It seems fossil fuels are starting this new year with a lot of bad news. It is not only a treehugger’s hope and dream but also an incresingly pressing reality. Let us start with reviewing coal.
According to TreeHugger, ” a Ford representative is saying that they are “going to be aggressive rolling [stop-start] out”. As we have seen previously, such innovation enable cars to stop automatically their engines when not moving. Such a simple system could cut the oil consumption by ten percent for urban driving while only costing around … Read more
With shale oil and other extreme oil sources, many think peak oil is dead, or at least is not threatening our economies. But this couldn’t be more wrong. The historic average oil prices are of $25. Current prices are above $110 a barrel.
Five years ago, they were less than half of that. As the Conversation notes, current high prices have a huge toll on our economies as we spend $9.5 billion globally on oil every single day, amounting to a staggering $3.5 TRILLION each year.
This addiction is hurting our economies each day more are the global demand keeps on increasing, fueled by developing and emerging nations.
It had been a long while I hadn’t blogged on oil prices. This came to me as last week I found two pieces of news showing how oil prices are just going up and up and how they will just keep on increasing in the next months and years.
First and foremost, according to PeakOil.com, US drivers are paying in 2013 higher gas prices than in 2012, which were higher than 2011, which themselves were also higher than in 2008, when oil prices reached their all time high of $147 a barrel.
Still to this website, the annual average for 2012 for Brent crude – one of the benchmarks for oil prices – was higher than in that fateful year of 2008.
For my ultimate post of 2011, I would like to write about something that was little to not noticed at all, yet as crucial as the increased importance of extreme weather events : oil prices were at their highest average ever this year.
In 2008 – when oil prices reached the all-time high levels of $147 – the barrel of brent had averaged ” only ” $99. We had then noticed a near-exponential escalation of oil prices…
To TreeHugger : ” If (the) Kyoto Protocol dies at COP17 climate talks, so does our climate “. This article reminds us that the next round of UNFCC climate talks will start in less than two months in Durban, South Africa.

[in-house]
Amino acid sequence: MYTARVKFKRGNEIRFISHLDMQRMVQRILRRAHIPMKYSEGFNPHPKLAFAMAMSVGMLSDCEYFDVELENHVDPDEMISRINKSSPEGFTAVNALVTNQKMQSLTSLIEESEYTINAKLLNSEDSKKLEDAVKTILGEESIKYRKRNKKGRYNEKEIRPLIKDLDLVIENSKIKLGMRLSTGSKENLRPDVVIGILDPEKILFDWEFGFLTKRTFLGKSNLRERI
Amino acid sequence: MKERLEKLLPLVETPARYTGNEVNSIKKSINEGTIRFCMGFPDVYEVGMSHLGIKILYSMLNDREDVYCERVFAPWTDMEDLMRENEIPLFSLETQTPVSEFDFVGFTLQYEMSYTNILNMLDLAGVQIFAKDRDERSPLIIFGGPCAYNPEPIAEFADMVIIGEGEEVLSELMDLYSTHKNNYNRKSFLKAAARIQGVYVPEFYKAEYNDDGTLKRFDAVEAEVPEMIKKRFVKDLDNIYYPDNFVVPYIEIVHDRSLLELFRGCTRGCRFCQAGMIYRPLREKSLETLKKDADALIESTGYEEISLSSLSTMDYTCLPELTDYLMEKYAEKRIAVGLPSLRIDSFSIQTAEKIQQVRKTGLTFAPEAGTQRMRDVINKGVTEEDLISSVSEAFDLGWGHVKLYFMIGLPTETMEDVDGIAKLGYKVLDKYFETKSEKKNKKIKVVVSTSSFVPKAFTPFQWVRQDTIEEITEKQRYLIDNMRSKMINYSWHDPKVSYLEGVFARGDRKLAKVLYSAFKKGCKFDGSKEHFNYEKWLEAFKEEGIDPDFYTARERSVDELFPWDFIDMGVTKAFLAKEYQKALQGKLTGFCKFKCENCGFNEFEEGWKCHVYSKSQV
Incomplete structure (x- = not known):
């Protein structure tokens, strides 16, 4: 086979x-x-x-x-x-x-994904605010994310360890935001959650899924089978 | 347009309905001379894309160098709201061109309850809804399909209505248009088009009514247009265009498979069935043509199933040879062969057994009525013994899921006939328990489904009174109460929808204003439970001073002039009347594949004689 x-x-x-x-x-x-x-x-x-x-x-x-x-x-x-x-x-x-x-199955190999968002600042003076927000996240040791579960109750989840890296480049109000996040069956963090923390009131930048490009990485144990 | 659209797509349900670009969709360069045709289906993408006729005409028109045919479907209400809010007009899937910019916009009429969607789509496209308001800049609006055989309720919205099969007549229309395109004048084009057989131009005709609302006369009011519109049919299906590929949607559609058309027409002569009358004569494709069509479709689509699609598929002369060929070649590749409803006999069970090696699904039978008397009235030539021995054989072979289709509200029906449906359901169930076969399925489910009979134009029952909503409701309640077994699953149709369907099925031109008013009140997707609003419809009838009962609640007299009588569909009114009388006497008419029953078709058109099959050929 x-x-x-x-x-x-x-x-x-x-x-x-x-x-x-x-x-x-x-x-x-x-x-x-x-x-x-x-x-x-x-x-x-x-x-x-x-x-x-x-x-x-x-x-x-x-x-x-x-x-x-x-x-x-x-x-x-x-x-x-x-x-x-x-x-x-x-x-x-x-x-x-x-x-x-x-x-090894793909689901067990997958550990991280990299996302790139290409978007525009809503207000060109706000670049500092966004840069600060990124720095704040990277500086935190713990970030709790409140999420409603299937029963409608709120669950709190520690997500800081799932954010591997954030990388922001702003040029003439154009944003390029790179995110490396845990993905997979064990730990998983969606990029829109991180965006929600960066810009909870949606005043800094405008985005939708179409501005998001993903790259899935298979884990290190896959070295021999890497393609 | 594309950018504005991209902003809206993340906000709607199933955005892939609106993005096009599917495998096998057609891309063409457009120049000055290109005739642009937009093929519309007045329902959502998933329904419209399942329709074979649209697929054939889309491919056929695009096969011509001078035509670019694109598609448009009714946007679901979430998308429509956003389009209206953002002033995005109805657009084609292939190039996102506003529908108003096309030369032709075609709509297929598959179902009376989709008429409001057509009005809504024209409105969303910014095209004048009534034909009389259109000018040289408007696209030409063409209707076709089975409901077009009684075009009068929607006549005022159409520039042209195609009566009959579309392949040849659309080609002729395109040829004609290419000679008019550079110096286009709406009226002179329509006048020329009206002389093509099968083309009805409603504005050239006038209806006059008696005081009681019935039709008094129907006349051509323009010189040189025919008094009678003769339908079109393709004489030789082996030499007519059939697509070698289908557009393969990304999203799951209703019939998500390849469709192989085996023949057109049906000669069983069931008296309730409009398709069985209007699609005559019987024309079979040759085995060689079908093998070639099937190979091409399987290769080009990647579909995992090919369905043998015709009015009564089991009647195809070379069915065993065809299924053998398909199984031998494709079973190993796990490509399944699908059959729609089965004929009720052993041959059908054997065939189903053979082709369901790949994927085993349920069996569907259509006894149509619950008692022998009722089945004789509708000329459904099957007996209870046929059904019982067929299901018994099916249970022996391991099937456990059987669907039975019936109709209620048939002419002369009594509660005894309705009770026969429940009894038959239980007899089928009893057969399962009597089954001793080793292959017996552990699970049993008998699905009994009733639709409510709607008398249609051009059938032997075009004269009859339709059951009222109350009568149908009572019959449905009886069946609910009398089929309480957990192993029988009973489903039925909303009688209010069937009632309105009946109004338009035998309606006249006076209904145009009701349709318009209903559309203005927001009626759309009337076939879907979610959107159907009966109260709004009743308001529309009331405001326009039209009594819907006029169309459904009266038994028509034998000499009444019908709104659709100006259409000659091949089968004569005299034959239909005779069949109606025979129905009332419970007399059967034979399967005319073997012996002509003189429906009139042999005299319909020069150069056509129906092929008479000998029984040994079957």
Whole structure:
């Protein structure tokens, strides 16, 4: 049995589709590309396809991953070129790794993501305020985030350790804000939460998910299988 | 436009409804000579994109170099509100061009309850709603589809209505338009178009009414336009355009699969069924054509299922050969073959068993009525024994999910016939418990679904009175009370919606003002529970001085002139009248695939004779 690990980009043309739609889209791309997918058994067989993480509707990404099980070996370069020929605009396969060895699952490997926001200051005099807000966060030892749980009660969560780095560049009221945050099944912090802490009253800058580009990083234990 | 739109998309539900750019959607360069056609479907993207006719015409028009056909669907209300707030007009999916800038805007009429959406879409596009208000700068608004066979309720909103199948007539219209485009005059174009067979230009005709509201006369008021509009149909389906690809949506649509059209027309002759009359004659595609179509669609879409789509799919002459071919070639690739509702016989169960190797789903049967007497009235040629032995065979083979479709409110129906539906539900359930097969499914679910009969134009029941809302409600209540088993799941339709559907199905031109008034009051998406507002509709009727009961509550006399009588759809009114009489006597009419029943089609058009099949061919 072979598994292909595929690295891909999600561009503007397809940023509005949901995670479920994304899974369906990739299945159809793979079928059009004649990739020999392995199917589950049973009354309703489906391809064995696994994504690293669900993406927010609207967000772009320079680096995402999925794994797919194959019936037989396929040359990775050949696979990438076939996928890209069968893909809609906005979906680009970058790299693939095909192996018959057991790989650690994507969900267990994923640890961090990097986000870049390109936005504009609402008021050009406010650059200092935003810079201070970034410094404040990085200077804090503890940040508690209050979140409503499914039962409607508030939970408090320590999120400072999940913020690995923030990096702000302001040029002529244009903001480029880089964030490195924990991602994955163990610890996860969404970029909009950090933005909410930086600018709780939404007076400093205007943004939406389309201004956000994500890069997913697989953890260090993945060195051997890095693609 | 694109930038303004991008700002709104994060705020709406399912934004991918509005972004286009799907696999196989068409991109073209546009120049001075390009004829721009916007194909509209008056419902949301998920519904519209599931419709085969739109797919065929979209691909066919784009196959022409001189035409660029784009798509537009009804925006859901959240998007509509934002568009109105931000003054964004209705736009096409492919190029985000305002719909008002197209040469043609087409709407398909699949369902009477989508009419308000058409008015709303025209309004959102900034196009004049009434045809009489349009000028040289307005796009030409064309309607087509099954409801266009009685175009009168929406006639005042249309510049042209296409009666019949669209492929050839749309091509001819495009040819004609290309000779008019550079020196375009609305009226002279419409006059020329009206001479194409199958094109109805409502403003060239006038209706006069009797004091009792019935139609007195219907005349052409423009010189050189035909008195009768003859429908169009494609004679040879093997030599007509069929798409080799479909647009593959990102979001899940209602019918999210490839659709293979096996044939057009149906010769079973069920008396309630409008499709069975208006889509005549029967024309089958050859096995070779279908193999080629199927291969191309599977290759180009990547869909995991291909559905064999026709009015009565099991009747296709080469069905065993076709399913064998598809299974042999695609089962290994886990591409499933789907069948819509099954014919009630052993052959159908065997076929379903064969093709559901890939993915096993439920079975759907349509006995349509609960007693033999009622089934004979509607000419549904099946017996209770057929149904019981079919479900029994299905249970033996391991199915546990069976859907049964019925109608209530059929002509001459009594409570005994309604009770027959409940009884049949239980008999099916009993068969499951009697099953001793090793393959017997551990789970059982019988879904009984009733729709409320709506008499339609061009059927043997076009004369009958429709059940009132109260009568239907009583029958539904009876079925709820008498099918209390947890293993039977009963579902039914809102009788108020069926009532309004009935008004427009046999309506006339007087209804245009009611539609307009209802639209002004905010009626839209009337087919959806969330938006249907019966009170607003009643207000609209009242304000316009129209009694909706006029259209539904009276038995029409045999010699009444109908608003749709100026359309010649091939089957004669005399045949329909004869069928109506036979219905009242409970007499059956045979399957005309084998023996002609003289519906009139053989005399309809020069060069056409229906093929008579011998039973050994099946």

It also reminds us that it is the only law we have on a global level on climate and that even if the United States are still not part of the process it is working (quite) well as developed nations decreased their emissions since 1990.
Due to end in 2012, the Kyoto Protocol might not be perfect but really got us moving on climate and energy issues.
To TreeHugger : ” Leave it to the nation’s premier fake newspaper to pen the best real article on climate change I’ve read in weeks.”. Similar opinions have come from Andrew Revkin in the New York Times and Grist. Having read the full article, I can say it is indeed a fantastic reflection showing that … Read more
Further to the Fukushima catastrophe in March, Japan has been decreasing in a massive way its electricity consumption. Indeed, only 17 nuclear reactors are bringing power to the grids out of the 54 existing ones. As the New York Times notes :
” Preliminary figures indicate that regions under conservation mandates have been able to meet reduction targets and even exceed them, providing a possible model of conservation’s potential when concerns about global warming are mounting. “
” In the Tokyo area, the government is pushing to cut electricity use by 15 percent between 9 a.m. and 8 p.m. on weekdays to prevent blackouts – and on Thursday, that target was met compared with last year.”
According to Fast Company : ” Many major cities have seen a decline in driving over the past few years. The reasons for this are varied, but if it’s a continuing trend, it’s going to mean drastic changes for the way we shape our cities. “ ” (…) There’s just one caveat: The study only … Read more
According to Environment America, a federation of US organizations, the country could reduce its oil dependence by 79 billion gallons per year—more than all of their imports from OPEC nations.
For those who are not familiar with gallons and other non-metric – I almost wrote exotic – measures, this represents 299 047 530 936 liters of oil, or 1.88 billion oil barrels. These would save the United States 5 million barrels of oil per day !
These are huge savings, perhaps not as much as the US could and should do but by any means, this would represent an excellent beginning. Would this be enough in the face of peak oil ?
In French, we have an expression, ” la fuite en avant “ which can be explained this way : “A fuite en avant is something one does when one is in a losing situation, and one hopes to salvage it by doing more of the same or worse.”
Not that I want to delve into linguistics… I am writing about this as the answer to our oil woes is not “more” but “less”. We are beyond the end of conventional oil. The International Energy Agency stated so.
What we are heading towards is unconventional and dirtier, even extreme oil. Think about the mess caused by oil shales…